Judgments Explained

Published: 17th August 2015
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Most folks that win a judgment don't completely understand what they are. A judgment is an order coming from a court which says one party owes money to some other party. Judgments begin as claims, which some court or judge, makes their ruling, to make a judgment. Usually, the court cannot help folks collect judgments; and there is never any court-ordered mandatory due dates that cause debtors to satisfy judgments.

This article is my opinion and is not, legal advice. I'm a judgment expert, and not an attorney. If you need a strategy to use or legal advice, you should retain a lawyer.

The person or entity who starts the lawsuit is the plaintiff, and at a hearing at the court; they usually become judgment creditors. The person or entity who gets sued is the defendant, and most often gets turned into a debtor. Post-judgment, occasionally court judges gloss over the fact that the debtor wronged the plaintiff, and some attempt to give debtors breaks whenever they can.

Judgments are created because of many causes, a typical start is one party owed money to another party. A judgment can also begin from loans not being paid back, damages done to people or property, taxes not being paid for, services and goods not paid for, theft, fraud, etc.

All judgments depend upon first serving notice of the court original lawsuit upon the defendant. Certain defendants do not show up at the court after being served, and that creates a default judgment. Default judgments occasionally cause a type of legal loophole, that some judgment debtors might take advantage of.

Occasionally, a judgment debtor actually was not served legal notice for their court lawsuit. More than once, some "bad apple" process server person has done a "sewer service" and has tossed court lawsuit papers in the trash. For each debtor this has actually happened to; probably over one hundred additional debtors, try to claim they were not served properly, however the debtor really was served.

There's several types of court judgments, including judgments from criminal courts and civil judgments specifying a defendant not do certain things. Some judgments can be strange, as an example people being ordered not to place evil curses on the plaintiffs. Only a judgment which list some amount owed, have any opportunity for potential recovery; and they're most often named civil money judgments. Judgments are not cash, judgments are just a chance for being paid some cash in the future.

Unlike claims, a judgment is backed by a court, that allow Sheriffs to try to garnish the debtor's assets. A typical claim, such as a UCC lien, does not have the "power" of court a judgment. A judgment's power is only a potential, as there are no guarantees.

A judgment almost always earn some some interest, although any interest earned is always hypothetical unless it's recovered. The majority of judgments are not recovered. One reason is because you cannot just turn the debtor upside down, to see what kind of things drops out of their pockets.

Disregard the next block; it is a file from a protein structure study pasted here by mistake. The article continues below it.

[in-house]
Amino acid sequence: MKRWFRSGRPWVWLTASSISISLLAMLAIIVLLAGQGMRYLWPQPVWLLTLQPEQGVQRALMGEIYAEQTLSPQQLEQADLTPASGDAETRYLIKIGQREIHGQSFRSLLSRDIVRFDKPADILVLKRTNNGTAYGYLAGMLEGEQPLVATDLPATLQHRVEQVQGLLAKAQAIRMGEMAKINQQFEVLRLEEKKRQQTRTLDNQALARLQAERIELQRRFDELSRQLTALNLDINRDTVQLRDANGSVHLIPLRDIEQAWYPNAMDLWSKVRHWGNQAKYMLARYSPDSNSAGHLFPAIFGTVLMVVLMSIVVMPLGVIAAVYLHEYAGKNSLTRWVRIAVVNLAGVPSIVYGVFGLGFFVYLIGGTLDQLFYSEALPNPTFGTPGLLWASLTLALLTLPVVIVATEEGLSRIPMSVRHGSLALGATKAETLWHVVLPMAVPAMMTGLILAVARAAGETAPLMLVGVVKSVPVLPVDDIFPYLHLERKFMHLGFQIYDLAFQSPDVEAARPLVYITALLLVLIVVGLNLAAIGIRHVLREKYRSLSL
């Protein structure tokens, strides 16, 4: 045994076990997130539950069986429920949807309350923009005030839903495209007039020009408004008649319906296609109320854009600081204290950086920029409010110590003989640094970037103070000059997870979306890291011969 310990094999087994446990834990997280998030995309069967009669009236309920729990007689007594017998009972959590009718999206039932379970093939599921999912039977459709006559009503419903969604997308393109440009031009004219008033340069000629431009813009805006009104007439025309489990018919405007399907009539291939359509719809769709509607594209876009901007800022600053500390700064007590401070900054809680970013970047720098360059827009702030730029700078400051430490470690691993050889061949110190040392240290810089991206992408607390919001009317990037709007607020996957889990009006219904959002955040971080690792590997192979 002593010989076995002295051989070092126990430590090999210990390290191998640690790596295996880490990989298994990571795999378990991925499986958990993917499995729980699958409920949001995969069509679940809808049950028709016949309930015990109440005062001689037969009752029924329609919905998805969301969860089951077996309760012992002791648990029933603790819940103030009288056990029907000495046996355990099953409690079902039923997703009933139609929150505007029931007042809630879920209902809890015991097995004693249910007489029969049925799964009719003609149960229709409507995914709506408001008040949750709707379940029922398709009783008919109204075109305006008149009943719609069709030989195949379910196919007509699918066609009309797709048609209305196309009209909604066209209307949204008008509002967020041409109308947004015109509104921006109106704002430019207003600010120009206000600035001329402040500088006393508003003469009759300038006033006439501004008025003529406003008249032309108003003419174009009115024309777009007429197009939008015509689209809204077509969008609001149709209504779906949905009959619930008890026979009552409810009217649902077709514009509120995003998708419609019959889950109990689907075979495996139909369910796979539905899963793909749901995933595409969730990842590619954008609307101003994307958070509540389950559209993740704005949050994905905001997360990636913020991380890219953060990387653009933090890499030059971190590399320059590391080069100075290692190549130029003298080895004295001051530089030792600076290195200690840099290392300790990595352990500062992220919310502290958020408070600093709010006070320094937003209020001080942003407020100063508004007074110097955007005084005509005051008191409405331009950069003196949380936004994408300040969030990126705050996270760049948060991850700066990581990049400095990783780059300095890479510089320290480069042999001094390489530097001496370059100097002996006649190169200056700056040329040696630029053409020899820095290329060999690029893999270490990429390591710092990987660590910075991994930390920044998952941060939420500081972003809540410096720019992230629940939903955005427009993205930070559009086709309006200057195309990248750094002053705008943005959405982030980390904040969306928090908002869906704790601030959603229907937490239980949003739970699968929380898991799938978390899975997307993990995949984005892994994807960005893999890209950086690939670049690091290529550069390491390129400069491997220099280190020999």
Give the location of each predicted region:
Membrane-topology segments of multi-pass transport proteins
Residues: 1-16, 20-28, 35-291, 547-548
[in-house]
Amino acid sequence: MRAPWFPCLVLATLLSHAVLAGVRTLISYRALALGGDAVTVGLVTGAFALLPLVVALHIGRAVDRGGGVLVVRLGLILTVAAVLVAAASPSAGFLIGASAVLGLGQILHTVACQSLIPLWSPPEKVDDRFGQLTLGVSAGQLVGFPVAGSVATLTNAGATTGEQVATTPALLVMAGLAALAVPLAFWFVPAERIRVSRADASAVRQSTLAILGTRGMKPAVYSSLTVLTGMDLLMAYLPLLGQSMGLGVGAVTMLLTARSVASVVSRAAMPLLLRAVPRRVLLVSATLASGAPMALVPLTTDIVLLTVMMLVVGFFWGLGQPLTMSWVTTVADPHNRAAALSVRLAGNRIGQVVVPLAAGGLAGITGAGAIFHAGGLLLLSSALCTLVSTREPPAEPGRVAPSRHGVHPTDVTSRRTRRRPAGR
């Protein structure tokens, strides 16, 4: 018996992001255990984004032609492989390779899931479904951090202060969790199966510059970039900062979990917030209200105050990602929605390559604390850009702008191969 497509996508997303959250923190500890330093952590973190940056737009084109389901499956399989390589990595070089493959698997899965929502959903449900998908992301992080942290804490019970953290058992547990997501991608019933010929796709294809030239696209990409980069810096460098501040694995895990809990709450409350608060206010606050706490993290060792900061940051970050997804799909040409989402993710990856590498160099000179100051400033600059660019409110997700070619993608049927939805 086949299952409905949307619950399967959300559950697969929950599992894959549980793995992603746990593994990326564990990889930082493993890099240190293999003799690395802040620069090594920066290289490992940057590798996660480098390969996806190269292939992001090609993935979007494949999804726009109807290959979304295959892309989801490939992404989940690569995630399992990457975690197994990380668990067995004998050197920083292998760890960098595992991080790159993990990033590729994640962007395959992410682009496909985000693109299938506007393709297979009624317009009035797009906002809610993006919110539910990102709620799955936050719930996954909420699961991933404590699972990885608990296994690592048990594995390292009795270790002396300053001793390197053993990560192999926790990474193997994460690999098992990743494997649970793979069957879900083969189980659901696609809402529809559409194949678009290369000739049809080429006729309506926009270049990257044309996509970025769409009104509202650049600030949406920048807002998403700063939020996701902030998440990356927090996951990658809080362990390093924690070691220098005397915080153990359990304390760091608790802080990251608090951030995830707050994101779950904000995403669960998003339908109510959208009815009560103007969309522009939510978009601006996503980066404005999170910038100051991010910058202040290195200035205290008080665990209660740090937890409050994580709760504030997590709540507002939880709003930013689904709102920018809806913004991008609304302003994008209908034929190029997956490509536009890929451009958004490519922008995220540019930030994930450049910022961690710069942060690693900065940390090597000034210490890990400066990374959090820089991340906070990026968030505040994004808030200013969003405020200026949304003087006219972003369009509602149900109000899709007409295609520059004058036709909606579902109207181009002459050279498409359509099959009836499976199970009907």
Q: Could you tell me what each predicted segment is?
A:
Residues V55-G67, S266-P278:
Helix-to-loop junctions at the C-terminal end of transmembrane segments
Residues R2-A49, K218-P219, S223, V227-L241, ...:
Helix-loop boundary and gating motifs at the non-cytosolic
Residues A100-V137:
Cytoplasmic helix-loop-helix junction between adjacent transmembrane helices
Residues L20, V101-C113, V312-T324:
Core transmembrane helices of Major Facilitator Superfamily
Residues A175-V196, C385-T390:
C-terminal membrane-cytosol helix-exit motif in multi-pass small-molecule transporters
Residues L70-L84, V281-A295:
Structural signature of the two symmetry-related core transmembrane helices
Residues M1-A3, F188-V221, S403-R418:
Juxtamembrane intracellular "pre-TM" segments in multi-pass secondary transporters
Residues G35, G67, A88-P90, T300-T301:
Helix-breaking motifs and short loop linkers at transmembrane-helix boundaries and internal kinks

The only method to actually recover the majority of judgments is to pay the court and the Sheriff so they will attempt to go after the available assets belonging to the debtor, such as the debtor's wages or bank accounts. If your debtor becomes poor, sick, dead, old, currently in jail, is bankrupt, professionally hiding their available assets, or can't currently be located, your judgment is most likely worthless.

The majority of people get very surprised to learn their judgment is worth very much cash up-front. Many people spend far too many hours attempting to find somebody to purchase a judgment (at their predefined terms), and don't ever receive a penny; or get anything more than their debtor's situation supports. Usually, the more assets and income the debtor has, the more your judgment might be worth.

It all depends only on the debtor, not on who you talk with or email your judgments to. Perhaps the most common reason a judgment does not sell for very much money upfront is, if your debtor files for bankruptcy protection, most judgments become worthless.

Most people with judgments don't believe judgments can't actually be sold for money, until a really thorough due diligence is first performed on their judgment debtor. Judgment owners that insist on a certain amount of money upfront price for their judgments is wasting their time; as judgment buyers do not care what judgment owners ask for. A contingency future-payment judgment enforcement may end up being the best option for certain creditors, especially if you do not have to assign the judgment.


Judgment recovery, is a collections attempt, which means to recover or collect your judgment. Buyers are available and can help you with your judgment collection efforts. Mark Shapiro of http://www.JudgmentBuy.com - Your fastest and easiest free method of finding the best expert to buy or recover your judgment.

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